"Eating Up The Sunshine"
When was the last time you sat down and reviewed your own work? A deliberate breakdown of what still works, and what has to change before you become stale or appear as if you aren't growing. Deciding what's unique to you, what you'll never change or what your images will always challenge. It's not on our list of the top ten things we enjoy about photography, but when I first started out as a photographer it was a practice I saw being mentioned constantly. But it's been a while since I've heard of anyone actively doing this, so I wanted to mention it today. I even reviewed my own recent work with a critical eye and mind set from my trip to our local perennial gardens, and thought I'd share what I found about my own journey into photography so far....
1) I go with my visual gut every time. And I get consistent results. Sure, I try to use guidelines and principles as my jumping off point for framing up a subject or view... but that's where it stops. If I'm forever trying to shoot within the rules, then I smother the creativity attempting to explore itself and expand itself. Take the above photo for instance. I know it's said that most scenes are better responded to when the viewer can explore the image from left to right... but this one doesn't need to work that way, your eye acknowledges that there's enough to balance out the left with the right side foreground subject. My natural eye didn't flip the scene in the garden before it felt interesting. So don't compromise what excites you for what's considered a normal practice. Sometimes the opposite is the best choice. Not every time, but often enough.
2) My best work is always grounded solely in who I am. I admire many different styles and approaches of photography and digital darkroom. But my art suffers when I try to emulate them too closely in an attempt to remain trendy. This isn't to be confused with choosing to remain stagnant or never grow in my craft, it's a choosing to make sure that when people see my images, they know without a doubt they're mine. There should be telltale signs. I love rich color, I love design elements and height in my B&W's, I love close, low perspectives, I always go for simple shapes and negative space to emphasize nature at it's best. These are tools that stem from my personal approach. If I deny that, my work will never really be mine. And for heavens sake, if you're out there mentoring another photographer, stick to critiquing on skill, not style. You don't want a Mini Me, you want to be able to call them on practices that affect how they shoot and work, not how the end result looks or feels. That should always be uniquely theirs.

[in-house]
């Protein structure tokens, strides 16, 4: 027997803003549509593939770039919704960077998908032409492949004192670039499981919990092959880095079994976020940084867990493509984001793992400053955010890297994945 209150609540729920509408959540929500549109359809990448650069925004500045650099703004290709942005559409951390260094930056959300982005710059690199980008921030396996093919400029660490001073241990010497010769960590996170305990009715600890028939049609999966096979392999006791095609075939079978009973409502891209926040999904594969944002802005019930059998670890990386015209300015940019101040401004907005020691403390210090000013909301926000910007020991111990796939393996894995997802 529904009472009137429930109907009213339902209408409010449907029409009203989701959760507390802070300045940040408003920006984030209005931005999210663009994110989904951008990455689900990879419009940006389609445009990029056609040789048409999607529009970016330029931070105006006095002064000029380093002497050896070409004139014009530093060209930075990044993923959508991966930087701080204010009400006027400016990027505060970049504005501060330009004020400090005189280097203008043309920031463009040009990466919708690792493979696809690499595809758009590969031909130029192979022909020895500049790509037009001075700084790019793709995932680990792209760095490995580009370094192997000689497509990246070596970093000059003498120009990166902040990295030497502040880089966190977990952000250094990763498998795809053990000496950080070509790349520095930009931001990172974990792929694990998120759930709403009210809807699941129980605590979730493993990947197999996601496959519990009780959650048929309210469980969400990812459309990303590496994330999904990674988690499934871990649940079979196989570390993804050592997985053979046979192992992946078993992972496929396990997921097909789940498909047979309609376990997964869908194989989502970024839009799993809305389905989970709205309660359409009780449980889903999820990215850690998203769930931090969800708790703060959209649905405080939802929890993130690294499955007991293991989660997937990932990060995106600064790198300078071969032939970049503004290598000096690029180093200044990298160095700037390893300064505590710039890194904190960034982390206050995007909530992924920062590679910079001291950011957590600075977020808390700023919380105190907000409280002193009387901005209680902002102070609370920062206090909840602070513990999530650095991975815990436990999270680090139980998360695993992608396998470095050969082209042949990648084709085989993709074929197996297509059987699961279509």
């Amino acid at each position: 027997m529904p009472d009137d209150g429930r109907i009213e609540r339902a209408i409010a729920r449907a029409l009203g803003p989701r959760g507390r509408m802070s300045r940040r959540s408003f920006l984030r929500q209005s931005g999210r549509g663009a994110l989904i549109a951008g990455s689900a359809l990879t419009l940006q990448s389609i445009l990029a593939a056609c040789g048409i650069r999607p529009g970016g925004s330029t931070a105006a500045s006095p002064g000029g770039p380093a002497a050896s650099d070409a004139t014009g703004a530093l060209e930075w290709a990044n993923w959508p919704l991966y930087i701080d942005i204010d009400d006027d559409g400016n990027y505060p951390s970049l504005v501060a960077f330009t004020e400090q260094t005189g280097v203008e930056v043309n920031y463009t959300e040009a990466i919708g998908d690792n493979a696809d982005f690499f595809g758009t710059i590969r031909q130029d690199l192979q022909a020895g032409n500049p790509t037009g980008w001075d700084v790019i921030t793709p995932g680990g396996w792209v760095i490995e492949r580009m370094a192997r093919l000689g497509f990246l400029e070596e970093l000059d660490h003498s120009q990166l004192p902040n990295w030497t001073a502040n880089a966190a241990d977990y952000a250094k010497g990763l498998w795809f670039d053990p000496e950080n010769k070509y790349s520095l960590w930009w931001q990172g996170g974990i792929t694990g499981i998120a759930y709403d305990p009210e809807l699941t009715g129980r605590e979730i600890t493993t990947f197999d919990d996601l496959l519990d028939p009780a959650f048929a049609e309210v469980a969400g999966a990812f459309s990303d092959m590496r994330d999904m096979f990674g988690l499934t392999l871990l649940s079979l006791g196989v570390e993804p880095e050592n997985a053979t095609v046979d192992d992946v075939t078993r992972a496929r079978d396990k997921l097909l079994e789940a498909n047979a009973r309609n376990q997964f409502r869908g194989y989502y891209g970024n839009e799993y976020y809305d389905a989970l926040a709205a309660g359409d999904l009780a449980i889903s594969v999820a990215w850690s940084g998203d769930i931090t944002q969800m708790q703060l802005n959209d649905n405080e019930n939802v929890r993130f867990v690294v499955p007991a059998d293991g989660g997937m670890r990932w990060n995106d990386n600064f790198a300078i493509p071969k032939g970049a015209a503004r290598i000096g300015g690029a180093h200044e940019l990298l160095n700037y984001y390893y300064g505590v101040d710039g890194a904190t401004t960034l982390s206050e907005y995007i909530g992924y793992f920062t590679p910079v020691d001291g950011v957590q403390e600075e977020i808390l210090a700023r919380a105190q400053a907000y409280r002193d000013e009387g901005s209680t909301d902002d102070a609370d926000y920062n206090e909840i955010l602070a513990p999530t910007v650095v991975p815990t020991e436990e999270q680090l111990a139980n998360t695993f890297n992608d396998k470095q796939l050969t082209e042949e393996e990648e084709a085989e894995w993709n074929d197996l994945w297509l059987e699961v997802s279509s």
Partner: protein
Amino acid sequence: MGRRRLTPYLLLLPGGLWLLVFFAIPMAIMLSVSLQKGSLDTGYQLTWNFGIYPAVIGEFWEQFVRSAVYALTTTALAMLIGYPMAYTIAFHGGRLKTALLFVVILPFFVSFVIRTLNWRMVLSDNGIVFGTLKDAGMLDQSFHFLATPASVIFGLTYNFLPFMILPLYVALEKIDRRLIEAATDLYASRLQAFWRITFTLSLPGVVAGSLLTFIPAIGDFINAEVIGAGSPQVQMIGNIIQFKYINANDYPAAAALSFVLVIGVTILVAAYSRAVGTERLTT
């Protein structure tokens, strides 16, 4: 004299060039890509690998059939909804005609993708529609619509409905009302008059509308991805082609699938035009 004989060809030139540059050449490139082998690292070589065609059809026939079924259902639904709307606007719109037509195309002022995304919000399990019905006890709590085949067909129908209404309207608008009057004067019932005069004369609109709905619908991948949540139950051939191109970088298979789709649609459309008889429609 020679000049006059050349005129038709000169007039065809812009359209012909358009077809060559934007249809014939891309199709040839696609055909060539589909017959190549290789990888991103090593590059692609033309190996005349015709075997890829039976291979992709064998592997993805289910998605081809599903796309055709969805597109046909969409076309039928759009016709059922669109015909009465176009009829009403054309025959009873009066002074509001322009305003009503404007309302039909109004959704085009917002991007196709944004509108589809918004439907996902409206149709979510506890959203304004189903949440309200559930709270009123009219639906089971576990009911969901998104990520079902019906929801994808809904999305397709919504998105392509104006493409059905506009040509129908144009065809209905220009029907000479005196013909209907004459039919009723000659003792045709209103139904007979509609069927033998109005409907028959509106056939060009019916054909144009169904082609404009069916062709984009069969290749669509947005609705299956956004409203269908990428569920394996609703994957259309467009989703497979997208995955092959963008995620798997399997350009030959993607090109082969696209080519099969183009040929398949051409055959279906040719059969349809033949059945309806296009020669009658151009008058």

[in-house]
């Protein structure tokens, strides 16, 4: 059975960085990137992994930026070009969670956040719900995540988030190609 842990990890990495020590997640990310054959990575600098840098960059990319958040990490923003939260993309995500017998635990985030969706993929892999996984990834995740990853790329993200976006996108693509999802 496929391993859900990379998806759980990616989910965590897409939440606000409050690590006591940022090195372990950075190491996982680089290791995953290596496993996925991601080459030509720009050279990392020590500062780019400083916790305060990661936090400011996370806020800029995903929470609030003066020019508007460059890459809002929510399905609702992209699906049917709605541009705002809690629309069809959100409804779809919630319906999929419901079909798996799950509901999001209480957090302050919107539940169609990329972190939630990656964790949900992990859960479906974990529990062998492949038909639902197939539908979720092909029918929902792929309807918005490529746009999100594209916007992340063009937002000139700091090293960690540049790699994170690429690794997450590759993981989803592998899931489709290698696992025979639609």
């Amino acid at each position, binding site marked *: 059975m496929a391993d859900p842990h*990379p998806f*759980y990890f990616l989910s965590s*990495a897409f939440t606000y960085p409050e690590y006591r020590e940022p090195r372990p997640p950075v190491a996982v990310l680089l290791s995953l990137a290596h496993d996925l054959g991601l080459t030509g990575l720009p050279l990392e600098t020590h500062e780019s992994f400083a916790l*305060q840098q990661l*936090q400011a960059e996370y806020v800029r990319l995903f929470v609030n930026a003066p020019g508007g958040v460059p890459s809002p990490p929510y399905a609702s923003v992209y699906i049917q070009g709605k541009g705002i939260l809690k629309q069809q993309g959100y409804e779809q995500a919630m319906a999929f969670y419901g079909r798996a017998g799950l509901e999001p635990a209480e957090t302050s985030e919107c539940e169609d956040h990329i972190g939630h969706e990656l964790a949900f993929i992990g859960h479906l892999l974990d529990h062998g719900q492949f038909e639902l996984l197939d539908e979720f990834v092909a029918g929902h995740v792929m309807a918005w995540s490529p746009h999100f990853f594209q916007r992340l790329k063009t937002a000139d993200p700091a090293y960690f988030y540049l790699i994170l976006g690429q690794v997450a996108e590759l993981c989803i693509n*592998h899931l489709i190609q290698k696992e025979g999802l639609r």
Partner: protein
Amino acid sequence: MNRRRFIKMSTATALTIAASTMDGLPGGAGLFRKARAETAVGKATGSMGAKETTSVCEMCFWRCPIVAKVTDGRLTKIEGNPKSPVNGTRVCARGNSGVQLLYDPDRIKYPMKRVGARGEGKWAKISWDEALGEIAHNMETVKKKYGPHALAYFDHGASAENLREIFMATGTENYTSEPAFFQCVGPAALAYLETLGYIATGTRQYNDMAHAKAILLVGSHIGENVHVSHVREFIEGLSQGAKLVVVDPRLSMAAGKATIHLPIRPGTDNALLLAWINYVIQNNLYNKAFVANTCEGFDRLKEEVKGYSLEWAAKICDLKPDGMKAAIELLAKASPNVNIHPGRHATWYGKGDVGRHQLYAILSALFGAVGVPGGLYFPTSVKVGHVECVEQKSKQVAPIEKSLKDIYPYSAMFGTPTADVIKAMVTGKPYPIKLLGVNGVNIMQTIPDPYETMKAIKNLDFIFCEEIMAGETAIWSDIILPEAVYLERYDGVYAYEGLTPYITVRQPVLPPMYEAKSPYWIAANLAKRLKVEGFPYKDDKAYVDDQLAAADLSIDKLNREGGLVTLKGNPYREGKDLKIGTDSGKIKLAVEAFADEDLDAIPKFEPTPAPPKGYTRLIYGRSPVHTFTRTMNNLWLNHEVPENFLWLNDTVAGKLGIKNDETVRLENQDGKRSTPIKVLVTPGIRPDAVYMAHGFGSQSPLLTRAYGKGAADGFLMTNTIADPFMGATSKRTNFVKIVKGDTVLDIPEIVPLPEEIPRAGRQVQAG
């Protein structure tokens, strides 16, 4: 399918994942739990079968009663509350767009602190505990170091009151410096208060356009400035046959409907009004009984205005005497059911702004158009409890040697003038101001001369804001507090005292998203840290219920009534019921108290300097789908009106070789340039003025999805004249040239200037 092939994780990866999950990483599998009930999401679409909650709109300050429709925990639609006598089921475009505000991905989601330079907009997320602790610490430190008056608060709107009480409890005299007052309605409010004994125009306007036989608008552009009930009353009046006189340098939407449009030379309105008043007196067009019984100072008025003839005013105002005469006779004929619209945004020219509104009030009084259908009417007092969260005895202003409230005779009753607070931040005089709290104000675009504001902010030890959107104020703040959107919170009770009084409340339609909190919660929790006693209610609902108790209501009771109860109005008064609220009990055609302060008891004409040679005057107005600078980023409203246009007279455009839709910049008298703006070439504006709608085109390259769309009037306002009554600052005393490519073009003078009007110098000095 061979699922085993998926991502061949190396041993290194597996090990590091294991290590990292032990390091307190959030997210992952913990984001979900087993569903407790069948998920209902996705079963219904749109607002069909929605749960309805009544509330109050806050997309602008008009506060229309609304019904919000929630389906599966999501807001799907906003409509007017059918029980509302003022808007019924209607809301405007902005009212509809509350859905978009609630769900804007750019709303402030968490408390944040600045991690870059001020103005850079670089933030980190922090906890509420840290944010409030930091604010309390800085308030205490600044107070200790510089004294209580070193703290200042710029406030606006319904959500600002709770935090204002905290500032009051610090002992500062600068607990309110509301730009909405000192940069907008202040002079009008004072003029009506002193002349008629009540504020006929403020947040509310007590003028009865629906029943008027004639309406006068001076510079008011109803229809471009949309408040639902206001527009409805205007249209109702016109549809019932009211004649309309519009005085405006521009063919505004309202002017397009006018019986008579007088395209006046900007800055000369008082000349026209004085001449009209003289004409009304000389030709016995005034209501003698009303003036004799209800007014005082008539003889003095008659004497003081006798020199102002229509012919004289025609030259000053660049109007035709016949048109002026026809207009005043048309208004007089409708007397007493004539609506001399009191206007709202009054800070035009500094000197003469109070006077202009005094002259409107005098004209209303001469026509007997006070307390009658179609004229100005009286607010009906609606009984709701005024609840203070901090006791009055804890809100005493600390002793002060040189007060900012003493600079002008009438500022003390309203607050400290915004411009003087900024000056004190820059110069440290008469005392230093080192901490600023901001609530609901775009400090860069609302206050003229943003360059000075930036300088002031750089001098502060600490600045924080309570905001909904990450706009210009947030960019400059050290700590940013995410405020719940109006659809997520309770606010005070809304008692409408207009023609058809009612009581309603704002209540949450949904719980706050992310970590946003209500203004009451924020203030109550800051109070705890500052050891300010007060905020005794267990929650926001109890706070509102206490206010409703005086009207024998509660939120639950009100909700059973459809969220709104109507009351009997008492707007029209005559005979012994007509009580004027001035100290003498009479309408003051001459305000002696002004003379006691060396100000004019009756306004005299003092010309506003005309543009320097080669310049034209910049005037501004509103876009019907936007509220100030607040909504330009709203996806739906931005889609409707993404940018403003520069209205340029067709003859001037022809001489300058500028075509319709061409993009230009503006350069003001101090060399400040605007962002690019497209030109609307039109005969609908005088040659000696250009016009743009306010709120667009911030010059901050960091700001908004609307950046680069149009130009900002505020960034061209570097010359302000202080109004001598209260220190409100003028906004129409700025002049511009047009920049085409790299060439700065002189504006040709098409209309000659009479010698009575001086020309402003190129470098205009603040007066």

3) I still have some stretching to do. I've told myself I need to get back into some street photography and more portraits to hone some skills I've left for too long. Flowers are a great confidence booster, there's no pressure to perform, you can take all the time you want, and you don't have to come out of your shell to talk to them. But if I want to use my photography in the real world I need to be fast with sizing up great light, flattering angles, and anticipating revealing moments... so time to get out of the gardens and into some projects where I'm still learning. Low light is on my radar for self improvement, as is more intimate portraits done right on the street within the community. I'm also still learning how to do a proper panorama, and adjusting B&W portraits for a better, more subtle wow factor. These are all weak areas that need improvement and I'm not afraid to say it.
I have made a regular habit of peeling apart my little rambles, and sizing up what works and what gets neglected... it gets easier every time I do it. Go back to your last shoot and observe who you currently are behind the lens. It's always revealing!
Thanks for the ramble, and have a super day friends!!!